Sisters are doing it for themselves in ag

Sisters are doing it for themselves in ag

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Farm Weekly journalists Mollie Tracey and Shannon Beattie at this year's Make Smoking History Wagin Woolorama.

Farm Weekly journalists Mollie Tracey and Shannon Beattie at this year's Make Smoking History Wagin Woolorama.

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There will come a time when there is no need for an International Day of Rural Women, but Australia is still a while away from that (today is the International Day of Rural Women).

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THERE will come a time when there is no need for an International Day of Rural Women, but Australia is still a while away from that (today is the International Day of Rural Women).

The industry has come a long way since 1994 when women were finally allowed to list 'farmer' as their legal status, before that they were instead called 'silent partners', 'domestics', 'helpmates' and 'farmers' wives".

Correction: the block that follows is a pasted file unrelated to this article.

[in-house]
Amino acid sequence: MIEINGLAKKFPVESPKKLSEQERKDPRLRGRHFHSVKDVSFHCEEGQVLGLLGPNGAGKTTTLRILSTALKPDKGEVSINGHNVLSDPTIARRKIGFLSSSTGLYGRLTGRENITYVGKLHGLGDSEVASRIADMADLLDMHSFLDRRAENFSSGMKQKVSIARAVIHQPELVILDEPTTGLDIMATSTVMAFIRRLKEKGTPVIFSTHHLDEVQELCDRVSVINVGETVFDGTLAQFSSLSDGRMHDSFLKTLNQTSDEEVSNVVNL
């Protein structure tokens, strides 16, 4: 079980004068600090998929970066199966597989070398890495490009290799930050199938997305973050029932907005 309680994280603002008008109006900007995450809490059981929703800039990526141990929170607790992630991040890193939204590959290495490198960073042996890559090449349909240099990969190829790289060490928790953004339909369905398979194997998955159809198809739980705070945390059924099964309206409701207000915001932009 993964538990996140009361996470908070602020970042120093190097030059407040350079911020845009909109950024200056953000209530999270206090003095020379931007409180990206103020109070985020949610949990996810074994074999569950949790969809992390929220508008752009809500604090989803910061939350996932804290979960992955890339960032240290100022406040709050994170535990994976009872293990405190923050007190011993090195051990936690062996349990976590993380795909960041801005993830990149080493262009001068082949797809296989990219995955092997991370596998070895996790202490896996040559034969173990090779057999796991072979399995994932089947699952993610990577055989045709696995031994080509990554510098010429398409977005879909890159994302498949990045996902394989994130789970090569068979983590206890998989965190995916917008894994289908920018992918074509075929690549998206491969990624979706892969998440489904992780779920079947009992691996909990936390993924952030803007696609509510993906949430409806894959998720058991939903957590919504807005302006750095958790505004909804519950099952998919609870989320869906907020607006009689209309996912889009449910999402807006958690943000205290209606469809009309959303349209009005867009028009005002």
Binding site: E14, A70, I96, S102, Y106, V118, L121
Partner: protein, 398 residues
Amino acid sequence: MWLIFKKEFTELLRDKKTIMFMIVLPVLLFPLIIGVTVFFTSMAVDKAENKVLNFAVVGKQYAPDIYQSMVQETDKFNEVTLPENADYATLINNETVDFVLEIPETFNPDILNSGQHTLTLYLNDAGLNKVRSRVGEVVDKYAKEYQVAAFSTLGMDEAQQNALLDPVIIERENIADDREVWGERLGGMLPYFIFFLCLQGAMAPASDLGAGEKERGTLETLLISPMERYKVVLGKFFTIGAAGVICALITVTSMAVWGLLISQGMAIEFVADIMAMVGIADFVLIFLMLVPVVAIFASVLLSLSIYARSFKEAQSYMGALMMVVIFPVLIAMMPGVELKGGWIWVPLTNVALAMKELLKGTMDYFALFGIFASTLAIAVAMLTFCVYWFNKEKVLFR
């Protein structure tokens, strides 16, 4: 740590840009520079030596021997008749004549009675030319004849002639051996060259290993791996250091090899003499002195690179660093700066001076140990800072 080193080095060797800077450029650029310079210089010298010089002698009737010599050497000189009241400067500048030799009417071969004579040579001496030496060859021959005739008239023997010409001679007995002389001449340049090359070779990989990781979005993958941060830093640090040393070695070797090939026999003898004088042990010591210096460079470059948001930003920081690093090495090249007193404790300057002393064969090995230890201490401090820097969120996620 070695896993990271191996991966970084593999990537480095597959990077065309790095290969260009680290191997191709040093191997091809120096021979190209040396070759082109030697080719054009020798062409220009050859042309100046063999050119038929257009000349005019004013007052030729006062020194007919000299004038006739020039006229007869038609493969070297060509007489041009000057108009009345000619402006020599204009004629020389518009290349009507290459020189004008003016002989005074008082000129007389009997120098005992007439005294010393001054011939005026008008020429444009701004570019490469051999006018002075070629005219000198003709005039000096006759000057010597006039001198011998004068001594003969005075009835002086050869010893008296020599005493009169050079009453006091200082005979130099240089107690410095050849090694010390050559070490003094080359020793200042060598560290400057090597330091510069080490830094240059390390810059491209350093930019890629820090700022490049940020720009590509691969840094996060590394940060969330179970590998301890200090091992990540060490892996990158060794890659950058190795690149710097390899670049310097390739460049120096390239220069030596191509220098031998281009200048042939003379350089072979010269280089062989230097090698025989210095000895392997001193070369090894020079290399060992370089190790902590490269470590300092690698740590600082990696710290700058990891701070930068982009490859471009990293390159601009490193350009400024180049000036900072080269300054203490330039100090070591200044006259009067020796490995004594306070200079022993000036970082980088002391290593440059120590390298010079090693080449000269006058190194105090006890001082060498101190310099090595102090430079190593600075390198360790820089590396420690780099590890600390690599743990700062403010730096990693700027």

You'd be hard pressed to meet a female farmer these days who hasn't been referred to as one of those former terms, but have men ever been referred to as 'farmer's husbands'?

It's not just on farms that gender disparity still occurs in agriculture - it's evident in most, if not all, sectors and across all levels.

That's why it's important to recognise and even celebrate when a woman makes it to the top - whether it's running the farm or a multi-million dollar company.

Women have been, and still are, subjected to negative attitudes that affect their ability to embark on a career in agriculture, which begin at an early age.

Research from the Australian Bureau of Statistics in 2016 found that women comprised 32 per cent of the country's agricultural industry, however they provide 84pc of off-farm income and do more unpaid domestic work than men and also more than women not involved in agriculture.

The same data found that men had a more dominant presence in all agricultural sectors, with women making up less than 30pc of sheep, beef and grain farmers.

Education is also a limiting factor for women in agriculture, with 53pc of women having no recognised non-school qualifications, 17pc have certificates and 14pc have bachelor degree qualifications.

This compares to just 8pc of men in agriculture having no non-school qualifications.

However, this has begun to change as more women have been obtaining qualifications.

By 2016, the number of women with non-school qualifications rose by 23pc over five years.

While attitudes towards women in agriculture have been improving, there are still gaps and it's still not an even playing field for men and women wanting to excel in their career.

So, today we are sharing stories of women who have defied the odds handed to them by the patriarchy - who have smashed goals and followed their dreams.

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